A daily download of SME, startup, fintech and tax news from around Australia.
A bad week for the big banks and AMP just got a whole lot worse, with confirmation ASICAustralian Securities and Investments Commission (ASIC) is Australia’s corporate, markets and financial services regulator. asic.gov.au is likely to pursue them through the courts over the fee-for-no-service scandal and demand they refund around $1 billion worth of fees already charged.
On the final day of a two-week block of hearings on the superannuation sector, the banks were put on notice they could facing criminal charges for the practice.
Reserve Bank governor Phillip Lowe says he has been appalled by the behaviour of Australia’s banks, and blames remuneration that rewards sales for the scandals.
Dr Lowe said the banking royal commission was “showing the benefit of sunlight” being shone on the internal workings of the banks.
Canberra-based start-up Instaclustr has raised a $US15 million ($20.6 million) Series B funding round, led by a New York venture capital fund Level Equity as it looks to hire staff to grow its increasingly popular open source tech platform.
The company, conceived in 2014 by Ben Bromhead and Adam Zegelin, has created a tech platform that customers pay a monthly fee to use, in order to hosts and support applications that run using myriad open source data technologies.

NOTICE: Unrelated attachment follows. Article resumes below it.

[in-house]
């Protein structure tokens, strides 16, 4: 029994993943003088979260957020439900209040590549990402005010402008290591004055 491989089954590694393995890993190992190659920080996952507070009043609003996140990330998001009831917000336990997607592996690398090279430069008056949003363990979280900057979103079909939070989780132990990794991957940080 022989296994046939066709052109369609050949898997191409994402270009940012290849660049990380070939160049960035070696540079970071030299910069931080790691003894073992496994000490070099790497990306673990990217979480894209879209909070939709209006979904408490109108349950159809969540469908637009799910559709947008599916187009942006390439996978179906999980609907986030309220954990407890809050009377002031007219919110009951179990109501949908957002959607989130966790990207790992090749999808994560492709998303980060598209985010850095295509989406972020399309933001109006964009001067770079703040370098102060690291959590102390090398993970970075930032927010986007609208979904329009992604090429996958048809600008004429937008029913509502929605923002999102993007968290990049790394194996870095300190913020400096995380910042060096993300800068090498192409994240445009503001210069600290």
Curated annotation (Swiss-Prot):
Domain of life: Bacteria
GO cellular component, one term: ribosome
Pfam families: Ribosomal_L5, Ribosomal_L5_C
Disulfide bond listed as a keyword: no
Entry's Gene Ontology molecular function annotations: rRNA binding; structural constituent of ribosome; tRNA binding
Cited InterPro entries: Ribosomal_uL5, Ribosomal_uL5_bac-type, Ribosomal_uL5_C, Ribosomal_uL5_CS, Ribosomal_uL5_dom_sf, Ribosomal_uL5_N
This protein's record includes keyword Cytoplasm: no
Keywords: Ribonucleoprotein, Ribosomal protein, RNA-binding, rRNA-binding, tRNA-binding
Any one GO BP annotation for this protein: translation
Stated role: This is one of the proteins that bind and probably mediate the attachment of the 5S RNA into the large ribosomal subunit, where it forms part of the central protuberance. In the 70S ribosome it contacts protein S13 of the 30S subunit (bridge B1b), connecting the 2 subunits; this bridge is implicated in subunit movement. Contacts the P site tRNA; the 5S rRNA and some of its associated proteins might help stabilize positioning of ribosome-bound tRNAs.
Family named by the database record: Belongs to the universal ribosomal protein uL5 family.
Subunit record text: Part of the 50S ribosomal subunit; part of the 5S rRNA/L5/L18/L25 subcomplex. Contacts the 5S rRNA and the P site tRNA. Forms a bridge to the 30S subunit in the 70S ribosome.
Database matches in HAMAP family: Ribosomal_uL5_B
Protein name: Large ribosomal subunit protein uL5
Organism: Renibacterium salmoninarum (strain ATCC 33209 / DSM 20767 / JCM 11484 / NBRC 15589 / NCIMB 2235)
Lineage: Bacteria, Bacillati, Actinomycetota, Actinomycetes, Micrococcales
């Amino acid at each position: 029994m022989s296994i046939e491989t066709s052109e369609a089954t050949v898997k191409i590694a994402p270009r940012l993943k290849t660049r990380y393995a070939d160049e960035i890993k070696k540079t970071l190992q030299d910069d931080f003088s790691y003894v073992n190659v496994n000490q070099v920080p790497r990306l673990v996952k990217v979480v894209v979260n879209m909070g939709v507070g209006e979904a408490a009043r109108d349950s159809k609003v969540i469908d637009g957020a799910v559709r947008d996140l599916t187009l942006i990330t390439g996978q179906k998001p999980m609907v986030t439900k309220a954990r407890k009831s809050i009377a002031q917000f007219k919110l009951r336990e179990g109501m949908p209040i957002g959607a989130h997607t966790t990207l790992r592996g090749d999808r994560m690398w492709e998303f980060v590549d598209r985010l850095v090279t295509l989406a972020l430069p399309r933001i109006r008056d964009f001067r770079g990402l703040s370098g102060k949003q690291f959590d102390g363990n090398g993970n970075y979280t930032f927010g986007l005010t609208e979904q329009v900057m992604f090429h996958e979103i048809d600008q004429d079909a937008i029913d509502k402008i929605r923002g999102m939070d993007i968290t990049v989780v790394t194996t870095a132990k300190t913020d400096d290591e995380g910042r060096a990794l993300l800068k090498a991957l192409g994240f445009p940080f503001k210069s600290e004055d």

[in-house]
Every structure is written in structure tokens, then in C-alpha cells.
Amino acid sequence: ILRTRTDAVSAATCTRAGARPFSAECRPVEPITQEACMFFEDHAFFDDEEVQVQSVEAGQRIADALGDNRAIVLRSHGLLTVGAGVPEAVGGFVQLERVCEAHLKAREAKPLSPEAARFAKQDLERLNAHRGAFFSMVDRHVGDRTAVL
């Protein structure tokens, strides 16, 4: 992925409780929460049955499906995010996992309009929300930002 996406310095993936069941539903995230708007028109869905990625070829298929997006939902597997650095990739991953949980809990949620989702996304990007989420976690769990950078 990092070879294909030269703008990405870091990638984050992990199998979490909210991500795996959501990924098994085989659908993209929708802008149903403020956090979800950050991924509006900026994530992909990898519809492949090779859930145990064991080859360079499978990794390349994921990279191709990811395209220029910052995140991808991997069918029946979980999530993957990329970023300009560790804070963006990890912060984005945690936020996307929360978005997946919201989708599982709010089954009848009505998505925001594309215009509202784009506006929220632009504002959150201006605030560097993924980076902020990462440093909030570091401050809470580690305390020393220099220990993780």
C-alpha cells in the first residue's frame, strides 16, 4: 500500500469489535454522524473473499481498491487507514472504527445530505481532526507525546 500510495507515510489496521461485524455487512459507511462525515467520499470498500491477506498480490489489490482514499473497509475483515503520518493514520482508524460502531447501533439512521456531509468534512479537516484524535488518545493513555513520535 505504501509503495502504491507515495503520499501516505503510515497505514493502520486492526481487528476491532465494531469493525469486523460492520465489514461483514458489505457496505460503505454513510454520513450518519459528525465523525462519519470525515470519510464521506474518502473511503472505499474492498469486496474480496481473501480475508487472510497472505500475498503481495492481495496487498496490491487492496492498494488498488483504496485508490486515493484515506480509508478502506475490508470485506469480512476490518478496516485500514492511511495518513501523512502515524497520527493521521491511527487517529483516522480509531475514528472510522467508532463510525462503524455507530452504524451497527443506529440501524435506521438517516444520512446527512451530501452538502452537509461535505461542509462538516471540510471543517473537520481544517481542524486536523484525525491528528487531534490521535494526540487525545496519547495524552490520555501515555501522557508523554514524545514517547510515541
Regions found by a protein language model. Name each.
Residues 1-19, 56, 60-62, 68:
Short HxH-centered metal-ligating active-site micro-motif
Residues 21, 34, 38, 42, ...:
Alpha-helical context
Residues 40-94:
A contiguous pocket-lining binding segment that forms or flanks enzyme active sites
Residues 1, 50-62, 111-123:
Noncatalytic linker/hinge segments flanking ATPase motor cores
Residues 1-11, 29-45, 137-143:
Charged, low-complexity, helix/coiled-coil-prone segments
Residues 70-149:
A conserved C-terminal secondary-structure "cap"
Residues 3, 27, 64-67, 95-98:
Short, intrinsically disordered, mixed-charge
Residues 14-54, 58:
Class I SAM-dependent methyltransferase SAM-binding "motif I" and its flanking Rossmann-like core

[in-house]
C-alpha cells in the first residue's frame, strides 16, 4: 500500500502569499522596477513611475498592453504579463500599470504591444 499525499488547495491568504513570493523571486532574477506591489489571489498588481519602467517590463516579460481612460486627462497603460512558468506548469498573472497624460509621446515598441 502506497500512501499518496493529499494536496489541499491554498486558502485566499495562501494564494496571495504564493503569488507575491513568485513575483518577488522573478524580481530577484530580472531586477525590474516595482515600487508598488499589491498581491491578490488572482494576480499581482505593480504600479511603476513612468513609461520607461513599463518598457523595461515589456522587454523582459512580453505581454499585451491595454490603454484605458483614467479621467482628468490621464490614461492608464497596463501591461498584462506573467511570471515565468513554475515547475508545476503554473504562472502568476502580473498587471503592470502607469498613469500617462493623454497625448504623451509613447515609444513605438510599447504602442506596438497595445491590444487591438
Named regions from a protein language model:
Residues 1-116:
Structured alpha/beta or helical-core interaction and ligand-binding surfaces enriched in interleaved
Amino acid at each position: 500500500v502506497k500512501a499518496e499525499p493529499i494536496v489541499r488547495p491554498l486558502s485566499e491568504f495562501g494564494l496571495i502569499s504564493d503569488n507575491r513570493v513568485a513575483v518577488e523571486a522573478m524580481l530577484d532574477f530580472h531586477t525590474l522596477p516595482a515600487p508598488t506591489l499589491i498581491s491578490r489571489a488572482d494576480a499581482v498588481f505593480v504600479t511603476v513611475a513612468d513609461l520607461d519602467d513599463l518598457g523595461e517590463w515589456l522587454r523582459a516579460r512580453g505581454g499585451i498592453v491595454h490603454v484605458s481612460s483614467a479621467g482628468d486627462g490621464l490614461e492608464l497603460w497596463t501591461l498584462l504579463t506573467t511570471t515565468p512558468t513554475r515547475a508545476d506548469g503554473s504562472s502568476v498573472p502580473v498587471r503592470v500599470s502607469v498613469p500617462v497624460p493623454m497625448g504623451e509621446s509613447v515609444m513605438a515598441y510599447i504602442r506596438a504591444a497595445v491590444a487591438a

From the outside, the start-up world appears littered with success stories about best mates who built a business from their spare room, scaled up and then cashed out, leaving the newly minted founders ready to do it all again.
But what is less discussed, even as start-ups become a virtual dime a dozen, is that you don’t need to be a founder to build a career in them.
In an embarrassing mistake Dr Andrew Leigh has wrongly claimed that the Turnbull Government is not progressing a director identification number as part of our wide ranging reforms to crackdown on illegal phoenixing.
It comes as the Turnbull Government yesterday released for consultation draft legislation which will not only deter and disrupt illegal phoenixing, but more harshly punish those who engage in and facilitate this illegal activity.